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Robin Yassin-Kassab

Posts Tagged ‘Eugene Rogan

A History of Significant Moments

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How many Britons are aware of the British-Iraq war of May 1941? Not many. Yet such past wars are the producers of today’s reality. People in Iraq remember. If Westerners don’t remember the past they will inevitably fail to understand the present moment.

The urge to remind the reader so as to better contextualise the present is the laudable motive energising Eugene Rogan’s “The Arabs. A History,” which covers the last five hundred years.

The history starts in 1516 with the Ottoman defeat of the Mamluk slave-elite, the regime which in previous centuries had repelled Mongols and Crusaders from the Arab heartlands. The Mamluks weren’t Arabs, but they’d ruled from Arab capitals. Now power moved to Istanbul, which makes the moment a good place to begin. From the 1516 collapse in Cairo until the present day, many key decisions governing Arab life have been made in foreign cities. Rogan calls the process “the cycle of subordination to other people’s rules.”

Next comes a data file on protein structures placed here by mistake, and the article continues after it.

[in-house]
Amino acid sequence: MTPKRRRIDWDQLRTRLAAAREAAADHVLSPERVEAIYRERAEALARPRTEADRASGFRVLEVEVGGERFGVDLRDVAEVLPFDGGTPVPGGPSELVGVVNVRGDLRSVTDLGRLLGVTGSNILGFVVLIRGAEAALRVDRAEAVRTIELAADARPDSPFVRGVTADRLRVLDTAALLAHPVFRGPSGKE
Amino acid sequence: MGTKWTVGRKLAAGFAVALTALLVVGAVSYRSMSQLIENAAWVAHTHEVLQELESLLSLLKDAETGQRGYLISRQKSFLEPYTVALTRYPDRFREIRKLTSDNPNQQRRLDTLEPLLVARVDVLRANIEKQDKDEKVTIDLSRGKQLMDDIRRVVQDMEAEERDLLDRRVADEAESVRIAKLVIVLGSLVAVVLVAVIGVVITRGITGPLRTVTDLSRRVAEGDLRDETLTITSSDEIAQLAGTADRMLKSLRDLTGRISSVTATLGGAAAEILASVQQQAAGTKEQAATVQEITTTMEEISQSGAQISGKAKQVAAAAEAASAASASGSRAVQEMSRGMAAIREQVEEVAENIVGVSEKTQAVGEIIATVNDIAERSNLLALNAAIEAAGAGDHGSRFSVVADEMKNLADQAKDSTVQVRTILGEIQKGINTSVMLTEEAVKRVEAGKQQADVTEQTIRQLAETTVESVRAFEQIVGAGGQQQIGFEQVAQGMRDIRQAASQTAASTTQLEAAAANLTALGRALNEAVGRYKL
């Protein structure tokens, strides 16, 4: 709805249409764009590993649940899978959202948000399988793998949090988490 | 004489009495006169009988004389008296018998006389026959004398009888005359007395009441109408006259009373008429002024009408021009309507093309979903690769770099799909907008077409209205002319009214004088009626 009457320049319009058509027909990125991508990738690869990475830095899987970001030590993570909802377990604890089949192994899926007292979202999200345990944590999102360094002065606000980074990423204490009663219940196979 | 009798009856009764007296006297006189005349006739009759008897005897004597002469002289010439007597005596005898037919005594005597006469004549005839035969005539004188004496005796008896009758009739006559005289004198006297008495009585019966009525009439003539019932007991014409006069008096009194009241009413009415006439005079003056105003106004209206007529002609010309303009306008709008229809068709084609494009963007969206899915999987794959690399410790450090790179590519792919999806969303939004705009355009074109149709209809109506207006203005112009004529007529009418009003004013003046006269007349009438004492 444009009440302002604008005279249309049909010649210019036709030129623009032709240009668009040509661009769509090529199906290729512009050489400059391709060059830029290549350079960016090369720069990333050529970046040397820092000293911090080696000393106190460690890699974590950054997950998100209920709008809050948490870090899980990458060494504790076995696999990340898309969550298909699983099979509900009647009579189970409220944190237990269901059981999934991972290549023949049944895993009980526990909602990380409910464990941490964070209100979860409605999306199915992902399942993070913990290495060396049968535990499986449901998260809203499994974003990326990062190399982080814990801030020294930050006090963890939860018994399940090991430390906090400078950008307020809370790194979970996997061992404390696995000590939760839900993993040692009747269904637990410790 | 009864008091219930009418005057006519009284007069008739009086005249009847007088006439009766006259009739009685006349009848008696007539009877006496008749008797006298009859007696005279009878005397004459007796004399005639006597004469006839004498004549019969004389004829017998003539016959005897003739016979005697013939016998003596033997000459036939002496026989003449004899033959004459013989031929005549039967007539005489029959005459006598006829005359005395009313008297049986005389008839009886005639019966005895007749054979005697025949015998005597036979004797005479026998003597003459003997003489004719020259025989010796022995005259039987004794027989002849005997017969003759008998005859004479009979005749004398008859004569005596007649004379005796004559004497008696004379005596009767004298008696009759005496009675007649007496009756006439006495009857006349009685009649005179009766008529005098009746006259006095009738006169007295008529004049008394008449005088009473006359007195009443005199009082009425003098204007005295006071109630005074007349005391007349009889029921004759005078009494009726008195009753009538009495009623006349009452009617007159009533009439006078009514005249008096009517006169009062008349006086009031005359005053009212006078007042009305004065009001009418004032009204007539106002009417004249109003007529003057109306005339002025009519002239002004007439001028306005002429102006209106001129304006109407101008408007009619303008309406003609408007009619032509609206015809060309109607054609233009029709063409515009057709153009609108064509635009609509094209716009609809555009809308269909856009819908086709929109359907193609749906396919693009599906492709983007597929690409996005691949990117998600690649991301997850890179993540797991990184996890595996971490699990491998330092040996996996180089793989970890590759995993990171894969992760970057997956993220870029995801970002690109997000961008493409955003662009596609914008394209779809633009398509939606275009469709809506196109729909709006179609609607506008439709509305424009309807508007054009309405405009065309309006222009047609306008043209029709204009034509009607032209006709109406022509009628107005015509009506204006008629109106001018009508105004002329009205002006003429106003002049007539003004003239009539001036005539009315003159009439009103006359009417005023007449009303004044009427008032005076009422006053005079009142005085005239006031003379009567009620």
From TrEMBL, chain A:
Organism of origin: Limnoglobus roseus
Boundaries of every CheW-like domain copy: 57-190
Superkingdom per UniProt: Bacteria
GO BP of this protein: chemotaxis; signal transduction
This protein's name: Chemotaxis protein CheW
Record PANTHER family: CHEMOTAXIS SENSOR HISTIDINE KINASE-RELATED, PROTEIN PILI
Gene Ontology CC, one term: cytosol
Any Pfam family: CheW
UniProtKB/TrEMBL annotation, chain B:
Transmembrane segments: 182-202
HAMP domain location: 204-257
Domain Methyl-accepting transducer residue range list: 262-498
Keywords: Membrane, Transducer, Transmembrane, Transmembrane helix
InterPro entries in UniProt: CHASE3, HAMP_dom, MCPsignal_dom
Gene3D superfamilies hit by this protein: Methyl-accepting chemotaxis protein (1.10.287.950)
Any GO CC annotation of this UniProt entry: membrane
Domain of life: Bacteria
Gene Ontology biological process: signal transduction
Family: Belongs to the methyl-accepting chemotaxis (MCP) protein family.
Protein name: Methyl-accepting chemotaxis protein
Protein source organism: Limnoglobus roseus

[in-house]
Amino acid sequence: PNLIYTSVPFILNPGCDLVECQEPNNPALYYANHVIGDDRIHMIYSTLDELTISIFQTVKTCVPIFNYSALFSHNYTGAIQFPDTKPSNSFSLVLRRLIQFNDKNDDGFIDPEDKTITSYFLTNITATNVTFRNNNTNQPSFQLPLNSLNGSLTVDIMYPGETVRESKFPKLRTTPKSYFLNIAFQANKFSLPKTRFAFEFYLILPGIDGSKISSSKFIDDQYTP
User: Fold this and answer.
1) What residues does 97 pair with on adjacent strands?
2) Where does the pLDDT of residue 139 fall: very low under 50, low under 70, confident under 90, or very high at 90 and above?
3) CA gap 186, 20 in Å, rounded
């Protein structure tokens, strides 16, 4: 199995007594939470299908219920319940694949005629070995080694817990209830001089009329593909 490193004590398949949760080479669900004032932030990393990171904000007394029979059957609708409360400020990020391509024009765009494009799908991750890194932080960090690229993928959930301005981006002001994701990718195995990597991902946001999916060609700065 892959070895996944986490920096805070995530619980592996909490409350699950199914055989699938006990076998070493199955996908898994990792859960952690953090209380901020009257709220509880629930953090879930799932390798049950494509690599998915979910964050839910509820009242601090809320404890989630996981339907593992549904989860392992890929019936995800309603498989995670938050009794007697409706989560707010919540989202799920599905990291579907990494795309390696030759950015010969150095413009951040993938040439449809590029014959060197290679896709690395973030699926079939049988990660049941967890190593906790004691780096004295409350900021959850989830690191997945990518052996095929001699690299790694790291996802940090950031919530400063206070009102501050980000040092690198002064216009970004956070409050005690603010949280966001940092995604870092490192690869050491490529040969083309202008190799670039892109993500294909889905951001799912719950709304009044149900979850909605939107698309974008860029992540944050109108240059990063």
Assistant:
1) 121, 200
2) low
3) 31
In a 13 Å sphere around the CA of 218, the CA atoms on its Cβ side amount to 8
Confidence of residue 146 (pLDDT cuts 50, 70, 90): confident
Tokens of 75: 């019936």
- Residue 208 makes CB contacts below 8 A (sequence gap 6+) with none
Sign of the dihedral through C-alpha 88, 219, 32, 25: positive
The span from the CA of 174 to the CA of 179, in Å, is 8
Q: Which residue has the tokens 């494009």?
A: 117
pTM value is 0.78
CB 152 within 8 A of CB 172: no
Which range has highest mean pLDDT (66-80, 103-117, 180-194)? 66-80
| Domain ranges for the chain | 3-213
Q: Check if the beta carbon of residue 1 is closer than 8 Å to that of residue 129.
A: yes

In the early years, Ottoman rule “in the Arab provinces was marked by great diversity and extensive autonomy.” Sulayman’s perspicacious laws, public building projects and reasonable prosperity followed. But the global centre of gravity was shifting, and the long decline set in.

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Written by Robin Yassin-Kassab

October 26, 2010 at 1:36 pm

Posted in book review

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